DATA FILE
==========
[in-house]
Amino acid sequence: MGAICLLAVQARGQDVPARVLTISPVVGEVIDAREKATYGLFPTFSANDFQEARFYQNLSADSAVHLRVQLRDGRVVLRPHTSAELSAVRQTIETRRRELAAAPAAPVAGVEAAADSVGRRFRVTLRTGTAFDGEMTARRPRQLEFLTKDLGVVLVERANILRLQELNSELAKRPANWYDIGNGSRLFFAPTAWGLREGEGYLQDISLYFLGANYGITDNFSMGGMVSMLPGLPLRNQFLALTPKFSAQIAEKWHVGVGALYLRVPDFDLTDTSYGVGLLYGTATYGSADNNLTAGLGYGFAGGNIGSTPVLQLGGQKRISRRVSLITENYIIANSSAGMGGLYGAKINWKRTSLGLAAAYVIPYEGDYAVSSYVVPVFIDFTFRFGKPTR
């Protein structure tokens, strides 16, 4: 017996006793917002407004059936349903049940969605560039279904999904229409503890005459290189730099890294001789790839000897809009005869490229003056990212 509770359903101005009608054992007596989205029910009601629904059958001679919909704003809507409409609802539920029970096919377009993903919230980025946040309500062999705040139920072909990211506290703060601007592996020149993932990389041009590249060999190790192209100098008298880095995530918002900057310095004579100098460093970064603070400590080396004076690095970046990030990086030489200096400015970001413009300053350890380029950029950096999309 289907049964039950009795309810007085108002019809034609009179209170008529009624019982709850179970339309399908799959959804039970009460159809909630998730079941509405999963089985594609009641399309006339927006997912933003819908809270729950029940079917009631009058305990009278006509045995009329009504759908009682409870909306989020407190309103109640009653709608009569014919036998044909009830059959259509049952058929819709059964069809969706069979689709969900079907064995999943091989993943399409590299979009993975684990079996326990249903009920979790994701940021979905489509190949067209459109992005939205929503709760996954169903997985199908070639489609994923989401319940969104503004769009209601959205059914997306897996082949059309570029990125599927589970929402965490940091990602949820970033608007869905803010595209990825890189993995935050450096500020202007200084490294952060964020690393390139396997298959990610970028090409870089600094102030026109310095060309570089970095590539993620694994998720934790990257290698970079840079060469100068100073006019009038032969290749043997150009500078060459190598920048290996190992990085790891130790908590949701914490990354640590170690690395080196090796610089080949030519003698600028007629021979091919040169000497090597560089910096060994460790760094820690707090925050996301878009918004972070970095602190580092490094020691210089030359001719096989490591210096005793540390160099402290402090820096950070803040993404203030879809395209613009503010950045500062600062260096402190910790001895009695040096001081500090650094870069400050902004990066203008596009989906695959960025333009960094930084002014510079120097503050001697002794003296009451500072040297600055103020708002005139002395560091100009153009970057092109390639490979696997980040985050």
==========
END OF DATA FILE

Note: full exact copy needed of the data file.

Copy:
[in-house]
Amino acid sequence: MGAICLLAVQARGQDVPARVLTISPVVGEVIDAREKATYGLFPTFSANDFQEARFYQNLSADSAVHLRVQLRDGRVVLRPHTSAELSAVRQTIETRRRELAAAPAAPVAGVEAAADSVGRRFRVTLRTGTAFDGEMTARRPRQLEFLTKDLGVVLVERANILRLQELNSELAKRPANWYDIGNGSRLFFAPTAWGLREGEGYLQDISLYFLGANYGITDNFSMGGMVSMLPGLPLRNQFLALTPKFSAQIAEKWHVGVGALYLRVPDFDLTDTSYGVGLLYGTATYGSADNNLTAGLGYGFAGGNIGSTPVLQLGGQKRISRRVSLITENYIIANSSAGMGGLYGAKINWKRTSLGLAAAYVIPYEGDYAVSSYVVPVFIDFTFRFGKPTR
């Protein structure tokens, strides 16, 4: 017996006793917002407004059936349903049940969605560039279904999904229409503890005459290189730099890294001789790839000897809009005869490229003056990212 509770359903101005009608054992007596989205029910009601629904059958001679919909704003809507409409609802539920029970096919377009993903919230980025946040309500062999705040139920072909990211506290703060601007592996020149993932990389041009590249060999190790192209100098008298880095995530918002900057310095004579100098460093970064603070400590080396004076690095970046990030990086030489200096400015970001413009300053350890380029950029950096999309 289907049964039950009795309810007085108002019809034609009179209170008529009624019982709850179970339309399908799959959804039970009460159809909630998730079941509405999963089985594609009641399309006339927006997912933003819908809270729950029940079917009631009058305990009278006509045995009329009504759908009682409870909306989020407190309103109640009653709608009569014919036998044909009830059959259509049952058929819709059964069809969706069979689709969900079907064995999943091989993943399409590299979009993975684990079996326990249903009920979790994701940021979905489509190949067209459109992005939205929503709760996954169903997985199908070639489609994923989401319940969104503004769009209601959205059914997306897996082949059309570029990125599927589970929402965490940091990602949820970033608007869905803010595209990825890189993995935050450096500020202007200084490294952060964020690393390139396997298959990610970028090409870089600094102030026109310095060309570089970095590539993620694994998720934790990257290698970079840079060469100068100073006019009038032969290749043997150009500078060459190598920048290996190992990085790891130790908590949701914490990354640590170690690395080196090796610089080949030519003698600028007629021979091919040169000497090597560089910096060994460790760094820690707090925050996301878009918004972070970095602190580092490094020691210089030359001719096989490591210096005793540390160099402290402090820096950070803040993404203030879809395209613009503010950045500062600062260096402190910790001895009695040096001081500090650094870069400050902004990066203008596009989906695959960025333009960094930084002014510079120097503050001697002794003296009451500072040297600055103020708002005139002395560091100009153009970057092109390639490979696997980040985050």